Cost-effective HIV-1 virological monitoring in resource-limited settings using a modified commercially available qPCR RNA assay

Jayaseelan Boobalan, Andrea Torti, Thongadi Ramesh Dinesha, Sunil Solomon, Pachamuthu Balakrishnan, Shanmugam Saravanan

Research output: Contribution to journalArticle


Virological monitoring through plasma viral load (PVL) quantification is essential for clinical management of HIV patients undergoing antiretroviral treatment (ART), and for detecting treatment failure. Quantitative PCR (qPCR)-based tests are the gold standard for measuring PVL. Largely because of their high cost, however, implementation of these tests in low- and middle-income countries fails to cover the testing demand. In this study, we aimed at reducing the running cost of the commercially available Abbott RealTime™ HIV-1 assay by minimizing the reagent consumption. To this end, a modified version of the assay was obtained by reducing the assay's reagents volume to about a half, and validated using a panel of 104 plasma samples. Compared to the standard version, the modified Abbott assay allowed for a 50% reduction in running costs. At the same time, it showed a 100% concordance in identifying samples with detectable viral load, strong correlation (Pearson's r = 0.983, P < 0.0001), and a high agreement between PVL values (mean percent difference between PVL values ± standard deviation = 0.76 ± 3.18%). In detecting viral failure (PVL > 1000 copies mL−1), the modified assay showed a sensitivity of 94.6%, a specificity of 93.8%, and a negative and positive predictive values of 93.8% and 94.6%, respectively. The modified assay therefore reliably quantifies PVL, predicts viral failure, and allows for a ca. 50% reduction in the assay's running costs. It may thus be implemented as an ART monitoring tool in resource-limited settings and for research purposes.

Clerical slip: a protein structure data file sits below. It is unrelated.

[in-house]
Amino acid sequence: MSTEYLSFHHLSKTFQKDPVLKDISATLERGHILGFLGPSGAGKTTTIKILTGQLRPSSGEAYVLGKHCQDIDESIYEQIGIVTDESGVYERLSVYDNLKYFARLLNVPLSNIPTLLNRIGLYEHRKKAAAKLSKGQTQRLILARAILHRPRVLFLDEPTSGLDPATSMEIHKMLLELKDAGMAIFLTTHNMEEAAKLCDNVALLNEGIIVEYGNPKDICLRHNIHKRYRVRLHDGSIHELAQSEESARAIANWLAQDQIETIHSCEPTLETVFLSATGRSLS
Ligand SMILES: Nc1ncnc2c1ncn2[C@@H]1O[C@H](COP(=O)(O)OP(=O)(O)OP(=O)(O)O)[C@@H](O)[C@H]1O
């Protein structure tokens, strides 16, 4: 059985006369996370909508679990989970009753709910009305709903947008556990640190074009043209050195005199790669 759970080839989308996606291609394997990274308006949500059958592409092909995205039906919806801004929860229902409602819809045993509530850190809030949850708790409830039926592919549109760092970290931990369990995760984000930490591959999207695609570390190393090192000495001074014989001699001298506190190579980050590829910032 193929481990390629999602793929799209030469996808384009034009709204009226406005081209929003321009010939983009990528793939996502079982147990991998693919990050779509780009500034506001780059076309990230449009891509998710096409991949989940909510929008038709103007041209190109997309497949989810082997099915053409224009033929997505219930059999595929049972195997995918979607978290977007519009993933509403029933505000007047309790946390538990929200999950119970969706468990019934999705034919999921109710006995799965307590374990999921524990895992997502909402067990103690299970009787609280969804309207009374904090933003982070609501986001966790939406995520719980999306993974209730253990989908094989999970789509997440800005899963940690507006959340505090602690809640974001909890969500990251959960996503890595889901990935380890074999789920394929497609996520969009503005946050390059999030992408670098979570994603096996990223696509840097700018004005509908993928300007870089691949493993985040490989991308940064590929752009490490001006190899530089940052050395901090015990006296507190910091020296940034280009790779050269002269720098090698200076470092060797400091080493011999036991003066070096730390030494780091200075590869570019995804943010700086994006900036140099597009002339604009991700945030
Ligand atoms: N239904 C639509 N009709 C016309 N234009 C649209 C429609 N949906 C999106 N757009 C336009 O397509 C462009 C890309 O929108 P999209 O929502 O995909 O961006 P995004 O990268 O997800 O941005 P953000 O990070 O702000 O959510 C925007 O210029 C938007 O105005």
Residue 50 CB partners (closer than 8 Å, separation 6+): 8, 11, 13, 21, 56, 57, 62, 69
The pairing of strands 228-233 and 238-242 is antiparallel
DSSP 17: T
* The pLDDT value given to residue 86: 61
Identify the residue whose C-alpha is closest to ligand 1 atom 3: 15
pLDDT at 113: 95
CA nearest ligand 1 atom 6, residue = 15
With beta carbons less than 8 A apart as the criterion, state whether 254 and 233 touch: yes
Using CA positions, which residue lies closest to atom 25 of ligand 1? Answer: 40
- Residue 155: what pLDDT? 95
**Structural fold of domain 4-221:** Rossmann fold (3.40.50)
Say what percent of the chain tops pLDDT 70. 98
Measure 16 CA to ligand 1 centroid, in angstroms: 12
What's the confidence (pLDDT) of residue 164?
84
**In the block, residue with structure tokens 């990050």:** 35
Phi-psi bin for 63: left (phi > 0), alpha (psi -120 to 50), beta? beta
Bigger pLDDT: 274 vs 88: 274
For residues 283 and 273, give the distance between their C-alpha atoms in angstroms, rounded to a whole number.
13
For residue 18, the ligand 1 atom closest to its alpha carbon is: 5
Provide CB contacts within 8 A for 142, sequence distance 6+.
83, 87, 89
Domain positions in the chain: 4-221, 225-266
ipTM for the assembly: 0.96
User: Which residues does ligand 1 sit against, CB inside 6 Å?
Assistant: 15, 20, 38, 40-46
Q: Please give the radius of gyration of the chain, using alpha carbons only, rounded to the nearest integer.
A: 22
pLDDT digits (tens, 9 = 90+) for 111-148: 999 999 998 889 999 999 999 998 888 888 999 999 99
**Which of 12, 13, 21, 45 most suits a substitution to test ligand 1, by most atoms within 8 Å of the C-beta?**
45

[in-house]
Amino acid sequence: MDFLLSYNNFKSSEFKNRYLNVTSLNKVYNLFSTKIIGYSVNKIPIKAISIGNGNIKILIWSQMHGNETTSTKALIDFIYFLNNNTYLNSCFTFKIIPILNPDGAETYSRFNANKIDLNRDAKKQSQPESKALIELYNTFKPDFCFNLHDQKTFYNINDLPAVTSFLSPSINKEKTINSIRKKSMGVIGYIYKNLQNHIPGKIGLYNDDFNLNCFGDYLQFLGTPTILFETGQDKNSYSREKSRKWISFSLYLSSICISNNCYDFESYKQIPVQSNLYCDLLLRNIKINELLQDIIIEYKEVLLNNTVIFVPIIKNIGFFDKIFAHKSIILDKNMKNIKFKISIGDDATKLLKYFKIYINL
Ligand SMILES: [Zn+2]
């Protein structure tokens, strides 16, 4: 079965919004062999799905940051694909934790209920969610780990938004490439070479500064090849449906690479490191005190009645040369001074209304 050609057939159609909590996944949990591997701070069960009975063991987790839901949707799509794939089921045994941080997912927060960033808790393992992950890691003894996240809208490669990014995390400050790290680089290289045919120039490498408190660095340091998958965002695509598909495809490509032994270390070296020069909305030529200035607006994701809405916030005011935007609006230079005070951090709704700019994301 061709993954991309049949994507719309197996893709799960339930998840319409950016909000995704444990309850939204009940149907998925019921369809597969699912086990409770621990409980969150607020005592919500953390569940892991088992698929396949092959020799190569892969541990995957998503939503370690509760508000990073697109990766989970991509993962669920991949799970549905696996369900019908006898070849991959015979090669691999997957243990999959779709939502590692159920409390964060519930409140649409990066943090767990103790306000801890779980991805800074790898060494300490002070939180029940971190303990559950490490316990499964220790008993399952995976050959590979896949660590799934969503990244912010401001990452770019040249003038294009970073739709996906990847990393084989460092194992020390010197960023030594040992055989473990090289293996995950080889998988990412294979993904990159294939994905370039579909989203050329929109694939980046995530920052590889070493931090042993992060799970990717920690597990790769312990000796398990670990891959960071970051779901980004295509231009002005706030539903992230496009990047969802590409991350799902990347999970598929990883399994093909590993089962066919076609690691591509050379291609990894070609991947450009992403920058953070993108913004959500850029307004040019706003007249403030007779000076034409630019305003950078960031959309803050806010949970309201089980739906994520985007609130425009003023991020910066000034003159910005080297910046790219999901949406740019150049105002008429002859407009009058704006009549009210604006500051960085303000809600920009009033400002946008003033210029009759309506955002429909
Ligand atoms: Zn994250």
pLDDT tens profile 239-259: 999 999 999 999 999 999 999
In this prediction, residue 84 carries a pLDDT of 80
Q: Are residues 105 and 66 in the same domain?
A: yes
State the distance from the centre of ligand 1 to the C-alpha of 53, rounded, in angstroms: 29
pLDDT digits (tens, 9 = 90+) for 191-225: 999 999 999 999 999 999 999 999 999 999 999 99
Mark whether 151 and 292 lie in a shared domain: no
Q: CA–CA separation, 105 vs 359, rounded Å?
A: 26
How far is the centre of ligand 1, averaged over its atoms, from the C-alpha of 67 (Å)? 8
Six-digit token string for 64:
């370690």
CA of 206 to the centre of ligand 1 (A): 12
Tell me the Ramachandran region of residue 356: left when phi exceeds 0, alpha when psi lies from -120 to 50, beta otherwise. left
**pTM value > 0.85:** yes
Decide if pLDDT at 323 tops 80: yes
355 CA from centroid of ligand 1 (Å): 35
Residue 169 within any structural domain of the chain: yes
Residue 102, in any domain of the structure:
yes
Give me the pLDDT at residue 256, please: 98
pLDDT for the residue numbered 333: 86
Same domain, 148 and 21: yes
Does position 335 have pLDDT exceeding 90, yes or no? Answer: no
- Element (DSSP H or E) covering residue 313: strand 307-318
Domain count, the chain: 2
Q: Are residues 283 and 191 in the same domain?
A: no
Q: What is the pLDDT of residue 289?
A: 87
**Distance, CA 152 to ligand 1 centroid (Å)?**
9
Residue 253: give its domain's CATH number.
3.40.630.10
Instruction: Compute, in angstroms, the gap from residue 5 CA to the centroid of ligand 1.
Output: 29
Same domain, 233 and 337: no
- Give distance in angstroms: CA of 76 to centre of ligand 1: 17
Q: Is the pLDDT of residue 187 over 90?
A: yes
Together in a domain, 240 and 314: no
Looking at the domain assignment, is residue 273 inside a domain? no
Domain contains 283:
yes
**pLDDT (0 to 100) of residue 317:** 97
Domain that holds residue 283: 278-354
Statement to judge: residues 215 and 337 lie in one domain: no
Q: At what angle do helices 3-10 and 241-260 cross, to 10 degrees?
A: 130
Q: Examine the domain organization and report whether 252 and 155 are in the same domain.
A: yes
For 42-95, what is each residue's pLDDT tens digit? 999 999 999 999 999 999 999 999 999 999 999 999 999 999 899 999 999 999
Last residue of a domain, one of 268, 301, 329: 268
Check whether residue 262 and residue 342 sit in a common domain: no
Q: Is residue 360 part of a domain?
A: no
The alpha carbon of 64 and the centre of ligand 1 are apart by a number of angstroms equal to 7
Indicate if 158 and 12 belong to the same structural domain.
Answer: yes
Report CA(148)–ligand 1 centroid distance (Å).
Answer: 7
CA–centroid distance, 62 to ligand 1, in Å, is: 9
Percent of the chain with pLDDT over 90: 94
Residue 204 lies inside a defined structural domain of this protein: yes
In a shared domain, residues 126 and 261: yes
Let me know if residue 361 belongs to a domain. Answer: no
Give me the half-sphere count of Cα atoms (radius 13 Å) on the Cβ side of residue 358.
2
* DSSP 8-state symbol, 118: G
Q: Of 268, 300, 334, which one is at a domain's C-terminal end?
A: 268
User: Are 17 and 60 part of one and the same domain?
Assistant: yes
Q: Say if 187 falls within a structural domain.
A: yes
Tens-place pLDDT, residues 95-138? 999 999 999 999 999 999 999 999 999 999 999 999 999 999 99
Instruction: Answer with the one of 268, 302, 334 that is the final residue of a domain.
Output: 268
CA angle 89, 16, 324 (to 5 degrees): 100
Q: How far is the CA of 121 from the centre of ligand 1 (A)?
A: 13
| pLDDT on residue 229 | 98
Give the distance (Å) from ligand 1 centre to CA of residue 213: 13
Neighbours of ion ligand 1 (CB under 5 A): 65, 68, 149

Original languageEnglish (US)
Pages (from-to)71-76
Number of pages6
JournalJournal of Virological Methods
StatePublished - Oct 1 2017


  • Abbott RealTime
  • ART monitoring
  • Cost-effective assay
  • HIV-1

ASJC Scopus subject areas

  • Virology

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